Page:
WATCH: Fishermen found themselves barricaded off Toft pier this morning when they turned up for work.
The disgruntled skippers turned up at a meeting of the SIC Harbour Board to find out what was happening after being denied access to their vessels – a barrier having been put up by Malakoff workmen overnight.
Immediately after the meeting the skipper, Peter Reid, Billy Reid and Sidney Johnson, spoke to officials to try and sort out what North Mainland councillor Alastair Cooper said was an “unbelievable situation…..I have never seen the like before in my life”.
Fellow North Mainland councillor Andrea Manson said that the council was “bending over backwards” to try and find a solution to what had become an urgent problem.
Loss of pier comes as a bad blow to the shell fishermen who are now entering the busiest period of the year in the run up to Christmas when processors have put their prices up to guarantee landings.
Aside from being denied access to their boats – though they should be allowed onto the pier to shift them today – all alternative piers are further away, already full up with vessels and some downright dangerous to use in foul weather.
According to infrastructure services director Maggie Sandison, a surveyor’s report received yesterday said that use of the pier had to stop immediately and that insurers had then withdrawn insurance for the pier, meaning the council had no option but to close it immediately.
But the skippers say that they had received notice of closure of the pier 12 days ago and that should have given the council enough time to put a pontoon in place for them to berth at.
Mrs Sandison also told the meeting that as only a fraction of the landings dues that should have been paid had been declared, it had hindered the council from putting together a proper business case for repairing or otherwise finding a solution to replacing the crumbling structure.
`Mr Cooper said that the fishermen and processors were “falling over themselves” to talk to the council, to which Mrs Sandison replied that she had found out much more about the use of the pier since the decision had been made to close it and that the harbour dues received suggested much lighter use than the fishermen were claiming.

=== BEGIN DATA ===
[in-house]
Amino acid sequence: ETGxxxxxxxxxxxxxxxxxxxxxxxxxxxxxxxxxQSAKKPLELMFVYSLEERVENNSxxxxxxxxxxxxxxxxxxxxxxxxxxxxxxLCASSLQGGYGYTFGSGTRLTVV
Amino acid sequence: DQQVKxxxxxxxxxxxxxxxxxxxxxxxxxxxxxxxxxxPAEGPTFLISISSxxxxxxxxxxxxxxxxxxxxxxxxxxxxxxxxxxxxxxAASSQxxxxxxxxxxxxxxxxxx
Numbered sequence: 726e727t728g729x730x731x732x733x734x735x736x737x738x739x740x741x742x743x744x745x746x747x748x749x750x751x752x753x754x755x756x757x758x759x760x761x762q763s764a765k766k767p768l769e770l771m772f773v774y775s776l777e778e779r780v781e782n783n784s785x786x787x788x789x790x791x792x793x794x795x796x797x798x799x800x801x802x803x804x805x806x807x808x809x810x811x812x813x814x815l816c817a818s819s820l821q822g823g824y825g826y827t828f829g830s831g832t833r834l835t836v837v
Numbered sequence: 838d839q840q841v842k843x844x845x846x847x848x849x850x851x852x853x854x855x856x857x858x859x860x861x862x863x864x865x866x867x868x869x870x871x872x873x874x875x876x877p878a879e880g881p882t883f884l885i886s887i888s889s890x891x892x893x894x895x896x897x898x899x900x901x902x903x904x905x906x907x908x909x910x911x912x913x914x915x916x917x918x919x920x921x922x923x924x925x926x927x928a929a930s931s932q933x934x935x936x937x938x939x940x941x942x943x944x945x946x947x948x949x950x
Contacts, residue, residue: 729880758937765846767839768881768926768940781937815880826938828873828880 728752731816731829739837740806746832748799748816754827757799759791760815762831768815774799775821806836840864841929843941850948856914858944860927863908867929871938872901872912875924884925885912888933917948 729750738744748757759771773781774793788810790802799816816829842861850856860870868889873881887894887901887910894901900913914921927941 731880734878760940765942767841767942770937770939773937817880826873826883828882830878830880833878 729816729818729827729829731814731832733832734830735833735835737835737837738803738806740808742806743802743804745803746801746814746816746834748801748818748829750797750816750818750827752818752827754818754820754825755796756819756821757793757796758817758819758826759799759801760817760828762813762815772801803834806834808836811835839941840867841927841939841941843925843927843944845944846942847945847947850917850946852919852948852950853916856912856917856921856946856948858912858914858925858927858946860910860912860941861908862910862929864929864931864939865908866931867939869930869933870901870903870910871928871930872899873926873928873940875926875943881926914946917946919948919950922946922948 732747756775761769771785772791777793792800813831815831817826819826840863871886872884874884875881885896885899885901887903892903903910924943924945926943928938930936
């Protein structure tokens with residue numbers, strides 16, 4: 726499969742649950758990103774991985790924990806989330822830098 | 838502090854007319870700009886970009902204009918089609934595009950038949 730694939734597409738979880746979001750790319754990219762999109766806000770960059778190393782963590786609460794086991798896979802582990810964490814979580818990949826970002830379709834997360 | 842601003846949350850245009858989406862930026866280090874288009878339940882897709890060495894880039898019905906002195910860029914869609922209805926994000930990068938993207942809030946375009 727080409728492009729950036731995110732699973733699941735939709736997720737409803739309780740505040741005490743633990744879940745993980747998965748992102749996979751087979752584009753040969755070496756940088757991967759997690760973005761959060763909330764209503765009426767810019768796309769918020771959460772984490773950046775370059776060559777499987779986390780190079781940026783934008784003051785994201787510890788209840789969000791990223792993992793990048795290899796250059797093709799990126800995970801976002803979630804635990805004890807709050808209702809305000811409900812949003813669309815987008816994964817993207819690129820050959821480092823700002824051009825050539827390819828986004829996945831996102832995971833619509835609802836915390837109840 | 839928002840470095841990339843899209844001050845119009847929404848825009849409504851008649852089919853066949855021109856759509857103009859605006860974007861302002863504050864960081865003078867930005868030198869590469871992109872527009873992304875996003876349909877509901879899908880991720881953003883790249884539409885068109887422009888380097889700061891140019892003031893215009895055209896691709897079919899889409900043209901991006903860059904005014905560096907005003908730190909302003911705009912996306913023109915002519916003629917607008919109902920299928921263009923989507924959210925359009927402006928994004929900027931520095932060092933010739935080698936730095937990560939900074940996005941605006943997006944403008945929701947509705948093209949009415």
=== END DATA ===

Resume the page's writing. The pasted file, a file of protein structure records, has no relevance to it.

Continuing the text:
“The evidence we had was that it was not that substantial an asset to the industry”, she added.
Engineers and health and safety officials were to look at the possibility of using the Toft linkspan, where the ferry berths, for landing scallops. Mr Cooper also suggested the vessels could use their own cranes to lift scallops onto the arm of the pier. But that still leaves the three vessels, Planet, Craignair and Golden Shore without anywhere to berth.
Mrs Sandison said that that it would be a day or two before a decision could be made on the use of the linkspan, or other arrangements at Toft. A meeting was also to be had with Shetland Fishermen’s Association on Monday.
Another suggestion was to ask Grieg’s Seafood if it would be possible to share their pier at Setterness as a temporary measure. It will be two weeks before the pontoon can be put in place at Toft where it will be used until a more permanent solution is found.
Mr Cooper said after the meeting that in interim solution was needed. “We need to see if we can get a pier tomorrow and for the next couple of weeks until the council can put in a pontoon at Toft to allow the boats to tie up overnight. We need to see if the Toft ferry teraminal can allow the boats to land their scallops every night when they come in.
“Then we need a long-term solution, which is probably going to take a couple of years, to get a new Toft pier. It’s very hard for the industry trying to work and make money for their families in the run-up to Christmas, and then all of a sudden, this morning they cannot win to their work.”